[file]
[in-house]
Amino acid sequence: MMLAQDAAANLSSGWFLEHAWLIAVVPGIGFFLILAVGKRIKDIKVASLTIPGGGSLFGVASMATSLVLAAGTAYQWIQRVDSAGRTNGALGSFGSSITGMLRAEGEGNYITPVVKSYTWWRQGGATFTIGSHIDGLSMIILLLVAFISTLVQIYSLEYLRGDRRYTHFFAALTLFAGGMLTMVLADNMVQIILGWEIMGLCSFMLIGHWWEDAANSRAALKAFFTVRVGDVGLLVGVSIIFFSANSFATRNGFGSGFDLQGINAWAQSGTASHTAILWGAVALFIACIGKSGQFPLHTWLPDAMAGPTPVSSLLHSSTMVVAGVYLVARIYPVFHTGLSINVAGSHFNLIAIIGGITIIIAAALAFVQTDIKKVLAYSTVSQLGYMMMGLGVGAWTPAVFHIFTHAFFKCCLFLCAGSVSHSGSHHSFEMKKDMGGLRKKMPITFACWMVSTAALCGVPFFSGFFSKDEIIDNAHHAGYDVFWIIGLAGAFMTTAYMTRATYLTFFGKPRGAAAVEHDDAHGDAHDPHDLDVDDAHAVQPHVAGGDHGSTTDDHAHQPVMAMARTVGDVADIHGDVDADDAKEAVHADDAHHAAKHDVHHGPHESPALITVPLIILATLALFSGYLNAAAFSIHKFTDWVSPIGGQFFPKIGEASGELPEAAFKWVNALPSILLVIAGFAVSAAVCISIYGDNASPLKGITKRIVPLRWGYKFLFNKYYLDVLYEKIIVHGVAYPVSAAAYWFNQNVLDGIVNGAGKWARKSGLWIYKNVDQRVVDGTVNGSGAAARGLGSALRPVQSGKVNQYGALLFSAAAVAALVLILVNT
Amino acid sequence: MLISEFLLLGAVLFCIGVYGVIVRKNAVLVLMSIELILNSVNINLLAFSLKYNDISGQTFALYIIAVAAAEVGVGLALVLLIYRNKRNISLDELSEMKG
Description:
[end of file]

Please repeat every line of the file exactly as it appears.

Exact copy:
[in-house]
Amino acid sequence: MMLAQDAAANLSSGWFLEHAWLIAVVPGIGFFLILAVGKRIKDIKVASLTIPGGGSLFGVASMATSLVLAAGTAYQWIQRVDSAGRTNGALGSFGSSITGMLRAEGEGNYITPVVKSYTWWRQGGATFTIGSHIDGLSMIILLLVAFISTLVQIYSLEYLRGDRRYTHFFAALTLFAGGMLTMVLADNMVQIILGWEIMGLCSFMLIGHWWEDAANSRAALKAFFTVRVGDVGLLVGVSIIFFSANSFATRNGFGSGFDLQGINAWAQSGTASHTAILWGAVALFIACIGKSGQFPLHTWLPDAMAGPTPVSSLLHSSTMVVAGVYLVARIYPVFHTGLSINVAGSHFNLIAIIGGITIIIAAALAFVQTDIKKVLAYSTVSQLGYMMMGLGVGAWTPAVFHIFTHAFFKCCLFLCAGSVSHSGSHHSFEMKKDMGGLRKKMPITFACWMVSTAALCGVPFFSGFFSKDEIIDNAHHAGYDVFWIIGLAGAFMTTAYMTRATYLTFFGKPRGAAAVEHDDAHGDAHDPHDLDVDDAHAVQPHVAGGDHGSTTDDHAHQPVMAMARTVGDVADIHGDVDADDAKEAVHADDAHHAAKHDVHHGPHESPALITVPLIILATLALFSGYLNAAAFSIHKFTDWVSPIGGQFFPKIGEASGELPEAAFKWVNALPSILLVIAGFAVSAAVCISIYGDNASPLKGITKRIVPLRWGYKFLFNKYYLDVLYEKIIVHGVAYPVSAAAYWFNQNVLDGIVNGAGKWARKSGLWIYKNVDQRVVDGTVNGSGAAARGLGSALRPVQSGKVNQYGALLFSAAAVAALVLILVNT
Amino acid sequence: MLISEFLLLGAVLFCIGVYGVIVRKNAVLVLMSIELILNSVNINLLAFSLKYNDISGQTFALYIIAVAAAEVGVGLALVLLIYRNKRNISLDELSEMKG
Description: